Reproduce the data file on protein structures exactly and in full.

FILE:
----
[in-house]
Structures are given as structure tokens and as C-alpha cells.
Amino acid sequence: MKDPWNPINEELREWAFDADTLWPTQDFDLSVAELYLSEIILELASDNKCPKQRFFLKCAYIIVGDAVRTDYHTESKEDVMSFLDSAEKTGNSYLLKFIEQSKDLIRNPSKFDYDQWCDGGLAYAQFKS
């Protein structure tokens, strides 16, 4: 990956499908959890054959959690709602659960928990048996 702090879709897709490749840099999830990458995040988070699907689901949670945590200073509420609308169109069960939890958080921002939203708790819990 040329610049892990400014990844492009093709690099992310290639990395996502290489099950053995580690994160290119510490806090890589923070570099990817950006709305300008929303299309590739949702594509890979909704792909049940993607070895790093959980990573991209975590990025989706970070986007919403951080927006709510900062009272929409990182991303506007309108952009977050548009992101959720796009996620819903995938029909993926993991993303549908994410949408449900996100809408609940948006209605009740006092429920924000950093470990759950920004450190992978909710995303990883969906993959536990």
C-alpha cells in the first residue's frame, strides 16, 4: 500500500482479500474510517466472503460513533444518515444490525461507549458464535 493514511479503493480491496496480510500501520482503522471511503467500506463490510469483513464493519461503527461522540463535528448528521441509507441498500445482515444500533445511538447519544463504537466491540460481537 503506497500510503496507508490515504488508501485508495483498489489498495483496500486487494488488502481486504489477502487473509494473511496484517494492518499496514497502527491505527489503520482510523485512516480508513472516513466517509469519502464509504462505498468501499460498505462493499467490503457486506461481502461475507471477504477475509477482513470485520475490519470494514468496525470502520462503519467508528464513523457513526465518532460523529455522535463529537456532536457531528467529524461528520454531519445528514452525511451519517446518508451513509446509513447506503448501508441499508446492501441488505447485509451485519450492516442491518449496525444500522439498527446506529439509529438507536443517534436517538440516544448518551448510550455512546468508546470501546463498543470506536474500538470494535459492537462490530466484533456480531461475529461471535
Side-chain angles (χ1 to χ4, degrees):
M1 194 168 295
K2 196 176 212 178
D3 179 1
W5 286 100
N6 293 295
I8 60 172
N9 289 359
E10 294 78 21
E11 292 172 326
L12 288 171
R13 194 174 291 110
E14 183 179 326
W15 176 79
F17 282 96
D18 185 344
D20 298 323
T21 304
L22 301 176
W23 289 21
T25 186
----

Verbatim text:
[in-house]
Structures are given as structure tokens and as C-alpha cells.
Amino acid sequence: MKDPWNPINEELREWAFDADTLWPTQDFDLSVAELYLSEIILELASDNKCPKQRFFLKCAYIIVGDAVRTDYHTESKEDVMSFLDSAEKTGNSYLLKFIEQSKDLIRNPSKFDYDQWCDGGLAYAQFKS
């Protein structure tokens, strides 16, 4: 990956499908959890054959959690709602659960928990048996 702090879709897709490749840099999830990458995040988070699907689901949670945590200073509420609308169109069960939890958080921002939203708790819990 040329610049892990400014990844492009093709690099992310290639990395996502290489099950053995580690994160290119510490806090890589923070570099990817950006709305300008929303299309590739949702594509890979909704792909049940993607070895790093959980990573991209975590990025989706970070986007919403951080927006709510900062009272929409990182991303506007309108952009977050548009992101959720796009996620819903995938029909993926993991993303549908994410949408449900996100809408609940948006209605009740006092429920924000950093470990759950920004450190992978909710995303990883969906993959536990």
C-alpha cells in the first residue's frame, strides 16, 4: 500500500482479500474510517466472503460513533444518515444490525461507549458464535 493514511479503493480491496496480510500501520482503522471511503467500506463490510469483513464493519461503527461522540463535528448528521441509507441498500445482515444500533445511538447519544463504537466491540460481537 503506497500510503496507508490515504488508501485508495483498489489498495483496500486487494488488502481486504489477502487473509494473511496484517494492518499496514497502527491505527489503520482510523485512516480508513472516513466517509469519502464509504462505498468501499460498505462493499467490503457486506461481502461475507471477504477475509477482513470485520475490519470494514468496525470502520462503519467508528464513523457513526465518532460523529455522535463529537456532536457531528467529524461528520454531519445528514452525511451519517446518508451513509446509513447506503448501508441499508446492501441488505447485509451485519450492516442491518449496525444500522439498527446506529439509529438507536443517534436517538440516544448518551448510550455512546468508546470501546463498543470506536474500538470494535459492537462490530466484533456480531461475529461471535
Side-chain angles (χ1 to χ4, degrees):
M1 194 168 295
K2 196 176 212 178
D3 179 1
W5 286 100
N6 293 295
I8 60 172
N9 289 359
E10 294 78 21
E11 292 172 326
L12 288 171
R13 194 174 291 110
E14 183 179 326
W15 176 79
F17 282 96
D18 185 344
D20 298 323
T21 304
L22 301 176
W23 289 21
T25 186